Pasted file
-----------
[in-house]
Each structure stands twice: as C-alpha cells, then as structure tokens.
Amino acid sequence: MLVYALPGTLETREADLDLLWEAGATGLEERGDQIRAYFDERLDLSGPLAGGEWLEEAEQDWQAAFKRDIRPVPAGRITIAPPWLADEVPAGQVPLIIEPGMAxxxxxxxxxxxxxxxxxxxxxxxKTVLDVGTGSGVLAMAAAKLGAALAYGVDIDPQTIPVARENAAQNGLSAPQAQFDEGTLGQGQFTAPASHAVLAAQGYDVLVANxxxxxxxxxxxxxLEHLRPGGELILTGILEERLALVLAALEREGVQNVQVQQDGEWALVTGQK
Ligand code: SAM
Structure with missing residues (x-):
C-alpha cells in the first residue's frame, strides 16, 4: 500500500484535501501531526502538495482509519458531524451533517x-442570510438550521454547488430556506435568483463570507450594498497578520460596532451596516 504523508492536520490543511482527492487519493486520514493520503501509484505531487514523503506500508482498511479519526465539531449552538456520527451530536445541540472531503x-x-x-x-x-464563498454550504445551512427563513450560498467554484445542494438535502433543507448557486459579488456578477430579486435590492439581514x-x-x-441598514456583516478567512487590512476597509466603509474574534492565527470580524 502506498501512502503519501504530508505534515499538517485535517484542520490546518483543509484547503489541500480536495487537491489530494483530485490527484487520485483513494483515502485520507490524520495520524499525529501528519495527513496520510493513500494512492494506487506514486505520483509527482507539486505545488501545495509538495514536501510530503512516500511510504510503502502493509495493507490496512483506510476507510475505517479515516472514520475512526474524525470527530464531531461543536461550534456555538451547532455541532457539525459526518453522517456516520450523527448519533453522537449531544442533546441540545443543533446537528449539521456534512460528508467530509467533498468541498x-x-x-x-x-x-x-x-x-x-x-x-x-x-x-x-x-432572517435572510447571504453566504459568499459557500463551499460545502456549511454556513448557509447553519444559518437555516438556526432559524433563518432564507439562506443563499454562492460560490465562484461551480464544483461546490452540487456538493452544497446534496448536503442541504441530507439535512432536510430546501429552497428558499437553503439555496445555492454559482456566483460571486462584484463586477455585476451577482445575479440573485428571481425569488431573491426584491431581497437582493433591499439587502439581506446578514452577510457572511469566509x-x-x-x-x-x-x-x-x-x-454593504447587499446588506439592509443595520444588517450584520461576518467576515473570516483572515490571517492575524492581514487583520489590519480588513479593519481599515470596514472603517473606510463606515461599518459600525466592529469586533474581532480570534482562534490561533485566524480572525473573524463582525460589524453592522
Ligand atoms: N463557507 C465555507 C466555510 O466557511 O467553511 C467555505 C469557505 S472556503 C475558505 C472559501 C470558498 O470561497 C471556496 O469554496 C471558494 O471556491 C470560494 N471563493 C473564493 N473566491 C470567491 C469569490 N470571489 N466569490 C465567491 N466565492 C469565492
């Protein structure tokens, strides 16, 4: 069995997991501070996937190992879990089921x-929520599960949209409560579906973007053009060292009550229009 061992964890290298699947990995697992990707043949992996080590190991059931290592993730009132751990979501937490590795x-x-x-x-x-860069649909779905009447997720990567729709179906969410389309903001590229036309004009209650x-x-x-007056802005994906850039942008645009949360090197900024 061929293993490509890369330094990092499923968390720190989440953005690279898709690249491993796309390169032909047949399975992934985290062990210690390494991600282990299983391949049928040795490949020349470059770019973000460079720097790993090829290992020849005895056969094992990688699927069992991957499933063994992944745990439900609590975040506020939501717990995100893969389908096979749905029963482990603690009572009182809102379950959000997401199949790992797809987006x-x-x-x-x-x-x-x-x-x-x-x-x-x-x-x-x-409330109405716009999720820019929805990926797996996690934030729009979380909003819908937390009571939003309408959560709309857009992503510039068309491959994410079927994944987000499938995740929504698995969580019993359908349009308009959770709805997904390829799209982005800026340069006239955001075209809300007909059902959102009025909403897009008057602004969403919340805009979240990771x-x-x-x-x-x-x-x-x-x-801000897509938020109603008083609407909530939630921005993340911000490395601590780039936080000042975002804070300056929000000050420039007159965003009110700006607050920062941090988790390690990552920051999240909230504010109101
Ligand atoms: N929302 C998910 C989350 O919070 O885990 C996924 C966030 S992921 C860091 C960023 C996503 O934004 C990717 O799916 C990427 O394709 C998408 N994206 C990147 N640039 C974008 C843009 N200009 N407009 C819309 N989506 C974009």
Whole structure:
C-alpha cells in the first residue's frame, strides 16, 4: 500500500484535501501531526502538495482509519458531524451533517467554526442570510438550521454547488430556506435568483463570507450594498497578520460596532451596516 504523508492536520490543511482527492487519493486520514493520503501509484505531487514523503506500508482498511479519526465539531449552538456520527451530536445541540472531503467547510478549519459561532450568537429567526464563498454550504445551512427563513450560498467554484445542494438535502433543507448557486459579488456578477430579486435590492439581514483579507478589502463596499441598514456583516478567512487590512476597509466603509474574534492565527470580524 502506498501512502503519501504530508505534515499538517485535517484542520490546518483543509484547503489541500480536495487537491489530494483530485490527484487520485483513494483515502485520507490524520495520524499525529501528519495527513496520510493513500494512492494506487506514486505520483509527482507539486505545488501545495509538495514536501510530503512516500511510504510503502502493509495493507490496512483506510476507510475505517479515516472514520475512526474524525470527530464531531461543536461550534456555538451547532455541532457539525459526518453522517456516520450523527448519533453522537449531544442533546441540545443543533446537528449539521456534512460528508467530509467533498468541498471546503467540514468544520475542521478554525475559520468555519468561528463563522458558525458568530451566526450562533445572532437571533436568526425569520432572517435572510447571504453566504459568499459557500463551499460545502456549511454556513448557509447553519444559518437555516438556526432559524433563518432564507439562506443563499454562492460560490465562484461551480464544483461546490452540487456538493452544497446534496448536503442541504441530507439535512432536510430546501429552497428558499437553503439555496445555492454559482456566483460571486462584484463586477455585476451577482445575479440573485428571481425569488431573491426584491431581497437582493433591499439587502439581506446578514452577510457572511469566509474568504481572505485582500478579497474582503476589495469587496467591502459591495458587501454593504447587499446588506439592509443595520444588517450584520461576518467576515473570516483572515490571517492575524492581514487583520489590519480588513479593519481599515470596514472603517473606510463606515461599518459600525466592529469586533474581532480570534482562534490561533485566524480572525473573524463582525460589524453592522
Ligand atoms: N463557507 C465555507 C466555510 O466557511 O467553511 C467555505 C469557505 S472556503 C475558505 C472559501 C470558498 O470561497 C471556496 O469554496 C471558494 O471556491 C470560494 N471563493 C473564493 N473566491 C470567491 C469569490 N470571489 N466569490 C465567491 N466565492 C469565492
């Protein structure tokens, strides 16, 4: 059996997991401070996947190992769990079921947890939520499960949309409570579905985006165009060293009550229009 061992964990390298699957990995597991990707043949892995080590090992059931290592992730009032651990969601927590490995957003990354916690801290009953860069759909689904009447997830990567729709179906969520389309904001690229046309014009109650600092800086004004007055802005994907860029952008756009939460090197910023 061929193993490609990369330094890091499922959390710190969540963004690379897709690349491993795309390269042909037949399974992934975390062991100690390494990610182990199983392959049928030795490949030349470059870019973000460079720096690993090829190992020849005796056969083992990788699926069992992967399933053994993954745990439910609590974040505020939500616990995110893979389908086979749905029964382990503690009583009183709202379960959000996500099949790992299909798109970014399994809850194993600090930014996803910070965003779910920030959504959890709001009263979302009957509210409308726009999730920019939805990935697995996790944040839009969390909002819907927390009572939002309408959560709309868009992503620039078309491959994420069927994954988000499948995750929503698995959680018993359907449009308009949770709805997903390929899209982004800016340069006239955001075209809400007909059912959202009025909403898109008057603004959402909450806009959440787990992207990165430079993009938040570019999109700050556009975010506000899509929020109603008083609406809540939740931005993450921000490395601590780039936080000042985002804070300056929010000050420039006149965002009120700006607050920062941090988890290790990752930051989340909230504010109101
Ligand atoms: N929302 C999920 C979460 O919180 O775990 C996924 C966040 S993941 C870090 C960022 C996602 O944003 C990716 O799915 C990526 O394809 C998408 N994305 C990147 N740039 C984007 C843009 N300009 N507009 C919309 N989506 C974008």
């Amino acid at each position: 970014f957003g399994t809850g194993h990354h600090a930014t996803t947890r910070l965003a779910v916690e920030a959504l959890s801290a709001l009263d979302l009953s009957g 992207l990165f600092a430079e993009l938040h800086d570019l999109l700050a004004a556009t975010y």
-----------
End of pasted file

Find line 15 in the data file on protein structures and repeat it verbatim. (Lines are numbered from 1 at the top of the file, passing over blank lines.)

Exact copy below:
């Amino acid at each position: 970014f957003g399994t809850g194993h990354h600090a930014t996803t947890r910070l965003a779910v916690e920030a959504l959890s801290a709001l009263d979302l009953s009957g 992207l990165f600092a430079e993009l938040h800086d570019l999109l700050a004004a556009t975010y």